Juries in both state and federal court today will start wrangling with the question of how much plaintiffs should be paid for actual damages suffered as a result of the Exxon Valdez oil spill.
Thousands of commercial fishermen and Alaska Natives are seeking $1.5 billion in the federal case, while six Natives corporations and seven municipalities have sued for $110 million in state court.
The federal trial, which is expected to run at least a month, will be heard by the same jury that last week determined the 11-million-gallon spill in March 1989 was caused by recklessness by Exxon Corp. and former Exxon Valdez Capt. Joseph Hazelwood. That verdict means the plaintiffs can pursue $15 billion in punitive damages.
Exxon lawyers have repeatedly said the oil company would compensate for all actual economic losses. They decline to estimate what they think is a fair amount, but they say the plaintiffs' figures are excessive.
Brian O'Neill, lead plaintiff lawyer in U.S. District Court, said Friday Exxon's words have a hollow ring.
"If they were happy to pay all compensatory claims, we wouldn't be here," he said.
O'Neill's legal team will first present the damages case for commercial fishermen from Prince William Sound, Cook Inlet and Kodiak Island, followed by the case for Native claims.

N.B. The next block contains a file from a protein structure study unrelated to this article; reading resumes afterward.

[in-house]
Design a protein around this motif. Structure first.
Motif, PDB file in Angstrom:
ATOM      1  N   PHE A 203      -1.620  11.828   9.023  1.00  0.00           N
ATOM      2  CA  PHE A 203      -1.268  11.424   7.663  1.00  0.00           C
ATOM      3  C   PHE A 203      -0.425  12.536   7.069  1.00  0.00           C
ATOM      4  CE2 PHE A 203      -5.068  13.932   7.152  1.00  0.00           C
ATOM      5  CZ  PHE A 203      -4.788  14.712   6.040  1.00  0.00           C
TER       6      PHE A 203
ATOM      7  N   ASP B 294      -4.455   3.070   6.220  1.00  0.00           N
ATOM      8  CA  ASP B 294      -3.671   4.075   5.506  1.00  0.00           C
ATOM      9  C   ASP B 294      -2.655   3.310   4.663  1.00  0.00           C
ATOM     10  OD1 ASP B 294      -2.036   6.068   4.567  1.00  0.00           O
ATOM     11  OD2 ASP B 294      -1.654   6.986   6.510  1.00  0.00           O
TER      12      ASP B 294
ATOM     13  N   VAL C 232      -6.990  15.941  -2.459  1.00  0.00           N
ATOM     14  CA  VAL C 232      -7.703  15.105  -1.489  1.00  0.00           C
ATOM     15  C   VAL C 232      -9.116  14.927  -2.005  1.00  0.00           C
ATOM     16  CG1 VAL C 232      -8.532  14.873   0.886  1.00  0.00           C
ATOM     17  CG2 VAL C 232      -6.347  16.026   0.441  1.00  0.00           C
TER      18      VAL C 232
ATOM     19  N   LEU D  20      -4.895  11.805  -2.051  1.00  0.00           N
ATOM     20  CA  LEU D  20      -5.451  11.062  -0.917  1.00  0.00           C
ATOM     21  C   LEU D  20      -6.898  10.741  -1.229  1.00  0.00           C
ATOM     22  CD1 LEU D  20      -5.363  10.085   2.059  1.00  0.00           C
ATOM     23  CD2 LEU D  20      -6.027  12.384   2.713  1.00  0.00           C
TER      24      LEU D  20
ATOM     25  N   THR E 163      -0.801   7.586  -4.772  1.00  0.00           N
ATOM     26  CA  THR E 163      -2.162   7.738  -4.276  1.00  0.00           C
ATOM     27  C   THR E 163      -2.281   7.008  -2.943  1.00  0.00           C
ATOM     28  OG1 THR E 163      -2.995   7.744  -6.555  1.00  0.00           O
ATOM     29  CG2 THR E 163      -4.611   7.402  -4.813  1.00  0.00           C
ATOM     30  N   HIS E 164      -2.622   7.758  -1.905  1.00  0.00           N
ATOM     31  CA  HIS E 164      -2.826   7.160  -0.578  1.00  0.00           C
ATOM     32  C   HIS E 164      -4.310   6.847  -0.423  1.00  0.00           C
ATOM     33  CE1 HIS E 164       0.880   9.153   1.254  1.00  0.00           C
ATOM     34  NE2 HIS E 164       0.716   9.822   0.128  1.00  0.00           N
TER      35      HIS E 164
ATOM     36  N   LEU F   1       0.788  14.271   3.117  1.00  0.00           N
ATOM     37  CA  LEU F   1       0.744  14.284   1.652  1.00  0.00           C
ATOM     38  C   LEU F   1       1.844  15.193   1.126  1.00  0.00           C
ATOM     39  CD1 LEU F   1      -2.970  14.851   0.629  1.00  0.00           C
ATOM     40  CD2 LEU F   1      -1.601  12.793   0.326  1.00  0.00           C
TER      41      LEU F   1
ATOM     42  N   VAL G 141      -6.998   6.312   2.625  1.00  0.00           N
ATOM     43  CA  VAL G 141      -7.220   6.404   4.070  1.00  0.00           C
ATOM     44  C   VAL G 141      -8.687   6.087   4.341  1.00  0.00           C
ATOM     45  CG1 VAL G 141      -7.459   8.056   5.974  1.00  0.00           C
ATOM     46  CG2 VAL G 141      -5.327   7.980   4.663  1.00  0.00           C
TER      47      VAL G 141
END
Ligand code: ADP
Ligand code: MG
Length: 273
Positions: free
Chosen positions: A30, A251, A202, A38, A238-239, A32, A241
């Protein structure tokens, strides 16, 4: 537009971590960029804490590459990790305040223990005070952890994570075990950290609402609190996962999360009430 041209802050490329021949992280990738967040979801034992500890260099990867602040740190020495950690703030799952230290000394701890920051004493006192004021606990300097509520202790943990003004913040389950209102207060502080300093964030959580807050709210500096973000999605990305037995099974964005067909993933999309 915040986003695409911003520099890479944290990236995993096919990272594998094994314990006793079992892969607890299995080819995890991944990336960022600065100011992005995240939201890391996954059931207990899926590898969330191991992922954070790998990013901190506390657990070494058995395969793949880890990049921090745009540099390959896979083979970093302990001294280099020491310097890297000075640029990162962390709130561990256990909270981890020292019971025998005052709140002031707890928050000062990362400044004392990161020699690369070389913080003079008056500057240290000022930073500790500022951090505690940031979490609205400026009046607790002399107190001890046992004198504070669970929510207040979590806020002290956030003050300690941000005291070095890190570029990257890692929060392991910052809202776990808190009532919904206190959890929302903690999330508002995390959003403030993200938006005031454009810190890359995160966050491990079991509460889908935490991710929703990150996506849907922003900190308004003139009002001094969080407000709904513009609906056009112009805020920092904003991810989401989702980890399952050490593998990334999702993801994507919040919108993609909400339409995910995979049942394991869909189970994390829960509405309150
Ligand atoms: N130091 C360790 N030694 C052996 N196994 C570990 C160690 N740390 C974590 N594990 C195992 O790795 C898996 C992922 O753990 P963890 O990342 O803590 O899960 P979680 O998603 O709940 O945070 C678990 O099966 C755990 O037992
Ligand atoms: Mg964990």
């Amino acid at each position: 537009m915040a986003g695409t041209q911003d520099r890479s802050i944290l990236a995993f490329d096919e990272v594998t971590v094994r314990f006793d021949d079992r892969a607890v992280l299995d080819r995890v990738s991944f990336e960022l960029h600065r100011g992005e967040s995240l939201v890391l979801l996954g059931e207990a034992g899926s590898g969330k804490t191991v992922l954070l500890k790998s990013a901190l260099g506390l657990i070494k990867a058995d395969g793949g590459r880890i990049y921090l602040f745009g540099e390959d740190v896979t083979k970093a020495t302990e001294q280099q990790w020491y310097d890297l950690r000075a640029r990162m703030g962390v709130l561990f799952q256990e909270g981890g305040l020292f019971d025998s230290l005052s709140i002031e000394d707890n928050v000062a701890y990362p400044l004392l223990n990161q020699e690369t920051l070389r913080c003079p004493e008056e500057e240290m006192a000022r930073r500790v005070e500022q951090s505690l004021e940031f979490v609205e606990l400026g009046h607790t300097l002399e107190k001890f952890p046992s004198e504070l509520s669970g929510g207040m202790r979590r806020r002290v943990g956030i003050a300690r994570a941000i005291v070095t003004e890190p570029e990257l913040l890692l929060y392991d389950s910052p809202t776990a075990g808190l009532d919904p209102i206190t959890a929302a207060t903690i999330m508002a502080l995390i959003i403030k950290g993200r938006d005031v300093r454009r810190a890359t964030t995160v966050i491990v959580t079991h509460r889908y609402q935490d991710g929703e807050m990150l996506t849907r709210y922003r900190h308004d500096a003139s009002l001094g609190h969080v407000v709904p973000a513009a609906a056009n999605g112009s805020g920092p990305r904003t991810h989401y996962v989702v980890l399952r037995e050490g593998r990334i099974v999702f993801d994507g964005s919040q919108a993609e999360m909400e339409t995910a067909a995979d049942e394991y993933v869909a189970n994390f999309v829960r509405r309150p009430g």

For fishermen, "the big thing is that people don't eat oiled fish," he said.
Some fishermen will take the stand during that segment, expected to last two weeks, as will scientists and economists, O'Neill said.
Issues include the spill's role in lower fish prices, diminished and genetically damaged fish runs and declining market value for fishing permits in recent years.
The Native case, which will require a week to present, focuses on placing a dollar value on subsistence fish and shellfish that couldn't be harvested because of the spill and its aftereffects
Exxon spokesman Doug Walt said scientific studies of the spill-affected areas will be at center stage during the trial.
"The case is a fairly complex process different fisheries and different years are involved," he said.
A number of studies since the spill, many sponsored by Exxon, conclude the sound is again healthy. That assertion directly conflicts with research by other scientists, who say the spill's toxic effects linger.
In the state trial, plaintiffs' lawyer Bob Stoll said each side expects to call as many as 100 witnesses during a trial lasting several weeks.
The municipalities and Native corporations are claiming the spill devalued their lands not only through direct oiling, but also that dwindling salmon runs in Prince William Sound have reduced the value of commercial property along the water.
Exxon has argued that issues of fish and wildlife populations and general ecology shouldn't be considered as land damage claims.
"Some of these things are really quite far afield from any land claims," said Exxon attorney Charles Diamond. "We don't have a fish case yet. We have a land case."